define functional tolerance

targeted receptors adapt

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33

functional tolerance: antagonist

neurons may express MORE receptors if drug is an antagonist

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34

functional tolerance: agonist

neurons may express LESS receptors if drug is an agonist

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define physical dependence

stop using drugs leads to physical withdrawal symptoms

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36

define psychological dependence

stop using drugs leads to psychological withdrawal symptoms; anxiety, distress

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Define withdrawal

actual symptoms after stop using drug; specific symptoms depend on drug

ex: fatigue after stop using caffeine

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38

define addiction

chronic relapsing disorder characterized by compulsive drug seeking behavior

-physical dependence, tolerance, & sensitization do not equal addiction

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39

rate of absorption for injections: highest to lowest

  1. intravenous (IV); fastest

  2. intraperitoneal (IP)

  3. intramuscular (IM)

  4. subcutaneous (SQ); slowest

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40

rate of absorption for injections depends on?

density of capillaries/blood flow

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  1. intravenous (IV); fastest

inject into vein

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42
  1. intraperitoneal (IP)

inject into abdominal cavity

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43
  1. intramuscular (IM)

inject into muscle

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  1. subcutaneous (SQ); slowest

inject under skin

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45

Routes of administration of drugs: inhalation

  1. gases

  2. smokes

  3. solids

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46

inhalation: gases

lungs - a lot of surface area exposed to air and capillaries

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inhalation: smokes

different from gas because includes vapor and ash particles, but absorbed similarly

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inhalation: solids

inhaled through nose; not as efficient as lungs

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49

Routes of administration of drugs: slower routes

  1. oral (ingested)

  2. transdermal

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50

slower routes: oral (ingested)

absorbed mostly through intestines, then through capillaries

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51

slower routes: transdermal

not readily absorbed through epidermis (skin)

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52

Typical Antipsychotics effectiveness

1st generation/typical in 1950s \n decrease positive effects of schizophrenia (hallucinations, delusions) \n -ex: chlorpromazine, haloperidol

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53

Typical Antipsychotics side effects

- dry mouth \n -hypotension \n -dystonia (involuntary muscle contraction) \n -tardive dyskinesia (repetitive movement) \n -Parkinsonism \n -weight gain

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Typical Antipsychotics mechanism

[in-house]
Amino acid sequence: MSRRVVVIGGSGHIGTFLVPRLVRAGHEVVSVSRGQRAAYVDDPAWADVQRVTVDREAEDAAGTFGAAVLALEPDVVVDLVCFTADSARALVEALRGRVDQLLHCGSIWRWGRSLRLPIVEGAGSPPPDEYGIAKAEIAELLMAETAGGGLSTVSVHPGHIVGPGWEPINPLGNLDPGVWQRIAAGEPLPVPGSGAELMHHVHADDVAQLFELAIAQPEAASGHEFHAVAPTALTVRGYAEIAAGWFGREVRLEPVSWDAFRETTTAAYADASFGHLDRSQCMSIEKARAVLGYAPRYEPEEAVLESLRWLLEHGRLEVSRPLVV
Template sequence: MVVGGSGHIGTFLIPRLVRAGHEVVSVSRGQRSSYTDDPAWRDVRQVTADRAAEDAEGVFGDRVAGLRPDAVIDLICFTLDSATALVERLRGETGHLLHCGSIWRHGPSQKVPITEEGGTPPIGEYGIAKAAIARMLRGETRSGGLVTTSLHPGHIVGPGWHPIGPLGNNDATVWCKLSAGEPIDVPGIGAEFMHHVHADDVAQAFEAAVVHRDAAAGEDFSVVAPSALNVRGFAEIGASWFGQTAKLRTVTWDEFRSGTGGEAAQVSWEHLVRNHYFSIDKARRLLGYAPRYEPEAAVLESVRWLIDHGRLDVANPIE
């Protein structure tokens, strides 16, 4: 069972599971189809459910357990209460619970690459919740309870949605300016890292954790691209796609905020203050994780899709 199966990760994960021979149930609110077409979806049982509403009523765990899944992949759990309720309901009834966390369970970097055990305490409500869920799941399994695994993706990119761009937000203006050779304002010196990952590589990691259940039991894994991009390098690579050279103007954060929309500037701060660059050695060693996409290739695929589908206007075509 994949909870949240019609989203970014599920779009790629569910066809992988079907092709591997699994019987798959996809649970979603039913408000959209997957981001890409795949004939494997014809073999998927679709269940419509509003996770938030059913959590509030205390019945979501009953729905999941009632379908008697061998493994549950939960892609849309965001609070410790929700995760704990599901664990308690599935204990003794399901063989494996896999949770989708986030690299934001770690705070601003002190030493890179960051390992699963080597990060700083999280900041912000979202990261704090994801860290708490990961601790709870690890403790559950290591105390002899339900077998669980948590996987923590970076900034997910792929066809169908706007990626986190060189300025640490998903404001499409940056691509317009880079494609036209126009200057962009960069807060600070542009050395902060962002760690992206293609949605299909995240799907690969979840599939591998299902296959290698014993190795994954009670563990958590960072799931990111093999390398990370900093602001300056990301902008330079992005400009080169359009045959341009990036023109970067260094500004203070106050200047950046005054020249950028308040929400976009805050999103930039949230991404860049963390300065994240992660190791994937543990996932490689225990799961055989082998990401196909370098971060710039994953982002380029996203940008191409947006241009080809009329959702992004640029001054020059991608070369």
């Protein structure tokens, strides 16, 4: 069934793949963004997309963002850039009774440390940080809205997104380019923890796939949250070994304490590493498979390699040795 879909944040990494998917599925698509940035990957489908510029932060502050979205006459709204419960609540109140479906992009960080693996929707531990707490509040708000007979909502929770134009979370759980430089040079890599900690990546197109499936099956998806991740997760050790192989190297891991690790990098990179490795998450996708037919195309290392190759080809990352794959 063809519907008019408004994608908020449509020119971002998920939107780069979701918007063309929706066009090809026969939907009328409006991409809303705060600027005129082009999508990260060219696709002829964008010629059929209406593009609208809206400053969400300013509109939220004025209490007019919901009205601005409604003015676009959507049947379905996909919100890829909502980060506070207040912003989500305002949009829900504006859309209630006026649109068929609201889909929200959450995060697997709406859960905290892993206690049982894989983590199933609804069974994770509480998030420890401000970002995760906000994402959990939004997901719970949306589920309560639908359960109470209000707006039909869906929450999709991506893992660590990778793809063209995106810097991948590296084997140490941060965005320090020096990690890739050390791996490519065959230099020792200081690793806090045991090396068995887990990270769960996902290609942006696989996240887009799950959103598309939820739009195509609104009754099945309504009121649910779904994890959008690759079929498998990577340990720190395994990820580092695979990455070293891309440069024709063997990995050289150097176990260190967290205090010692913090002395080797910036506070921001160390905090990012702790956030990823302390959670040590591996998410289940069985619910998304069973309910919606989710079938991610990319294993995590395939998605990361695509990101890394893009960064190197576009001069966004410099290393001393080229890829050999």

antagonist. (block) D2 receptors (inhibitory dopamine)

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55

atypical antipsychotics

2nd gen/1980s \n (ex: olanzapine & risperidone)

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atypical antipsychotics effectiveness

decrease positive (hallucinations) & negative symptoms in schizophrenia (delusions, catatonia)

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atypical antipsychotics side effects

hypotension, diabetes, weight gain

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58

atypical antipsychotics mechanism

antagonist on 5-HT2 (serotonin), D1 (excitatory dopamine), D2, and α1 (norepinephrine) receptors

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59

antidepressants

used to treat affective (mood) disorders

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60

Antidepressants: SSRIs & SNRIs

-selective serotonin reuptake inhibitors & serotonin & norepinephrine reuptake inhibitors \n \n block reuptake of 5-HT &/or NE (norepinephrine); antagonist at SERT & NET (transporters) \n increase serotonin activity

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61

antidepressants: MAOIs

monoamine oxidase inhibitors \n -block monoamine (enzyme) from breaking down/degradation of DA, NE, & 5-HT

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62

antidepressants: TCA's

Tricyclic Antidepressants \n -block reuptake of NE & 5-HT

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63

Anxiolytics (Benzodiazepines) \n -depressants

ex: xanax, valium, Ativan

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64

Anxiolytics: Benzodiazepines effectiveness \n -depressants

anxiety & panic

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65

Anxiolytics: Benzodiazepines side effects

-depressants

tolerance, cross tolerance, interaction w/ alcohol, high abuse potential

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66

Anxiolytics: Benzodiazepines mechanism

-depressants

bind to non-NT site on GABAa receptors, enhance Cl- currents triggered by GABA \n \n -non competitive agonist, increase GABA signaling

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67

Alcohol side effect \n -depressants

-addiction \n -tolerance \n -physical dependence

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68

alcohol mechanism

agonist (activates) GABA receptors (also, DA, opioid, & NMDA receptors

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69

Some structural effects of alcoholism are...

reversible since studies show improvements in MRI scans after one month of no alcohol